In the guinea-fowl rearing zones, similar initiatives can be replicated in major communities.
Rural enterprises find it comparatively easier to gain strong patronage for their products and services. Consumers mostly identify with them and feel a sense of patriotism in patronising their products.
The businesses and factories are also easy to set up. They do not require sophisticated infrastructure to operate, as they can be established literally anywhere so long as there is a market with expendable income.
So, where do we start from? The district assembly system should be empowered to double as an entrepreneurship incubator. The assemblies should be given special funds to provide grants to workable business ideas that have been woven around uniqueness of the locality.
These funds should be disbursed based on merit to people and institutions with superior ideas, not those with the best of societal and political connections and influences. There should be a robust system from the national level to track performance of beneficiaries, support them along the chain, and revise the funding whenever necessary.
The successful entrepreneurs can now act as arrow-heads through which newer ones will be nurtured.
Ghana’s economy is predominantly SME-driven, with various institutions and surveys saying that more than 80 percent of all businesses fall under this category. Given the nature of SMEs, it is safe to say that all of them are private sector-owned, manifesting the Ghanaian’s ingenuity in the area of entrepreneurship.
Until recently, the majority of these small businesses were owned and operated by elderly people and those in their mid-years. Although ICT and modernity has encouraged more young people into entrepreneurship, a lot more are still waiting to be employed rather than aiming to be avenues for jobs.
This needs to stop. Fortunately, the conditions are ripe for a change. Across the country, many youngsters are yearning to start businesses, with many leveraging their talents to create innovative solutions to problems facing their communities.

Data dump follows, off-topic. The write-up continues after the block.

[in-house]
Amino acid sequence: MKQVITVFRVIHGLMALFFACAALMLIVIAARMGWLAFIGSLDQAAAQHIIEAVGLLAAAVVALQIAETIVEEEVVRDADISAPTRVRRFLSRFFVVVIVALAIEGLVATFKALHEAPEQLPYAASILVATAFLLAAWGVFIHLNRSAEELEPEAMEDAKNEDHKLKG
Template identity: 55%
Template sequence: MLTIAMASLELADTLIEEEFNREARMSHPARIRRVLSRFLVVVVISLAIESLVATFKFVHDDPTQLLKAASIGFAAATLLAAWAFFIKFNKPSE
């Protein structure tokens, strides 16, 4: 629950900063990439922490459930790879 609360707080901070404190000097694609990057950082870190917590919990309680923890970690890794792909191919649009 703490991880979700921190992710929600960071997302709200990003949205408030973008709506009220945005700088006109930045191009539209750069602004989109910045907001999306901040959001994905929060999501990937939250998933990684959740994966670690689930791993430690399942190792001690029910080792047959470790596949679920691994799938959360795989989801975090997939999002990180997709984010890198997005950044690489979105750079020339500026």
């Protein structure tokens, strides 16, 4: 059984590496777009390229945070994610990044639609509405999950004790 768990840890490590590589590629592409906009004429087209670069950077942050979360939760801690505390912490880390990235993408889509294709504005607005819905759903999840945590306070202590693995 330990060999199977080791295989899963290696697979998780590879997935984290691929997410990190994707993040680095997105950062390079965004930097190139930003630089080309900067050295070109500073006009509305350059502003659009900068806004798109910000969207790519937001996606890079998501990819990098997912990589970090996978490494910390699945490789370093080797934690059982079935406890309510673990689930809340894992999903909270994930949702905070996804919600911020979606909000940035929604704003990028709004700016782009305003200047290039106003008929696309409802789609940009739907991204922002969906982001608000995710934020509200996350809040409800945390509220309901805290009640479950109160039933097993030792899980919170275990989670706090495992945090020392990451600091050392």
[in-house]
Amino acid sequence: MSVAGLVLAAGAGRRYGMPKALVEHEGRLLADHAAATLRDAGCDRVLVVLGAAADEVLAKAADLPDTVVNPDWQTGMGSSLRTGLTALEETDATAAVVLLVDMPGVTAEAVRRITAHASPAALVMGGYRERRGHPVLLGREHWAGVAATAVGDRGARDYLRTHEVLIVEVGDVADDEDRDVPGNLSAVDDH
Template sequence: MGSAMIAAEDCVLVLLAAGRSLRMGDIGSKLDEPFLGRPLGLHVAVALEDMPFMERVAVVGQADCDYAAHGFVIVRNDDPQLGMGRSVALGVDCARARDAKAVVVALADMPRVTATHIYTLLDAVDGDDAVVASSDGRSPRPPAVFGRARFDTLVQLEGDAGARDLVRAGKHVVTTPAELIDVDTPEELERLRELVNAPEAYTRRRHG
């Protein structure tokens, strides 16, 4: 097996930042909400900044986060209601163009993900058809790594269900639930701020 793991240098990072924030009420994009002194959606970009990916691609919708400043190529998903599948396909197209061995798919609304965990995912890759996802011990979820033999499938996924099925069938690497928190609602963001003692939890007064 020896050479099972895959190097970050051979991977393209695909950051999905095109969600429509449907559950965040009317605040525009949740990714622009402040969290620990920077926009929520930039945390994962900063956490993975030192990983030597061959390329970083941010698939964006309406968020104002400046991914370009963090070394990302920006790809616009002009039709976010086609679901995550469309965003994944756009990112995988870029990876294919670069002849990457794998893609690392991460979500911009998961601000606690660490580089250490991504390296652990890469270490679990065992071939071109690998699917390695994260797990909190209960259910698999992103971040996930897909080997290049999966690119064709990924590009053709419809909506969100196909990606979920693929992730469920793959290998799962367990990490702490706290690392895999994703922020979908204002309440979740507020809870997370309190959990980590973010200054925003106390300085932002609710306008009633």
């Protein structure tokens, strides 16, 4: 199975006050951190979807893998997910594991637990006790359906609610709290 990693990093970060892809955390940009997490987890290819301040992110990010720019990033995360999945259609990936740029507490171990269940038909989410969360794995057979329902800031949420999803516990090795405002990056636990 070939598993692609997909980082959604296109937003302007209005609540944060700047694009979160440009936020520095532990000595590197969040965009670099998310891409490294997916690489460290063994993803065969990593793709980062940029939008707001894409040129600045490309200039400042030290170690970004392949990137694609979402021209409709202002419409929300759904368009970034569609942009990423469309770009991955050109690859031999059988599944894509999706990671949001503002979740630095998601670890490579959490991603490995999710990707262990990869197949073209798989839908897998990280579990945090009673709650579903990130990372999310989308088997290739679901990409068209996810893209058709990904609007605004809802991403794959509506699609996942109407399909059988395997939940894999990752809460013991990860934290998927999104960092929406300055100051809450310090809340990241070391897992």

This needs to be encouraged, formalised and properly guided through policy and private sector support to birth the next great entrepreneurs.
While at it, the notion of most youngsters that they have to secure a job right after school must be disabused – and avenues created through curricular and teaching methods to discover and nurture entrepreneurship among students.
Our traditional way of teaching and examining students needs to be overhauled, so as to move it from book-based to hands-on. In its current state, the school system stifles creativity, innovation and divergent thinking; and ultimately produces graduates who want to work rather than start businesses.
Factories and businesses should also avail themselves to schools for practical tours and attachments to help give students first-hand experiences on how to start, manage and sustain a business.
Parents are also a critical factor. They must imbue in their children the spirit of entrepreneurship and get them to understand that it is better to work for oneself than for another person. Even at tender ages, children should be made to earn their upkeep money and have lessons on entrepreneurship taught them.
Role of the state
With youth unemployment almost a national crisis, policymakers need to understand that entrepreneurship is a national service to help address a challenge that has dire security implications. The days of state-led development are gone. It is now the turn of private sector-driven development, and state apparatus functionaries must see themselves as facilitators of this new regime.
Like the travelator quickens and eases walking, state institutions must make it easier and smoother for ideas to flourish into businesses and help create revenue for the state, value for the economy and jobs for the populace. These conditions must be devoid of political leanings and must be national in character.
Ghana, like most African countries, is at a crossroads in its development trajectory. We have a good image and conducive sociopolitical environment that attracts foreign direct investments (FDIs). We must now aim at growing the base of our entrepreneurship to produce what we eat and export to close our yawning non-oil import-export gap.
>>>The author is a businessman and philanthropist who founded several companies, including the recently-collapsed Heritage Bank Limited. Author’s email: [email protected]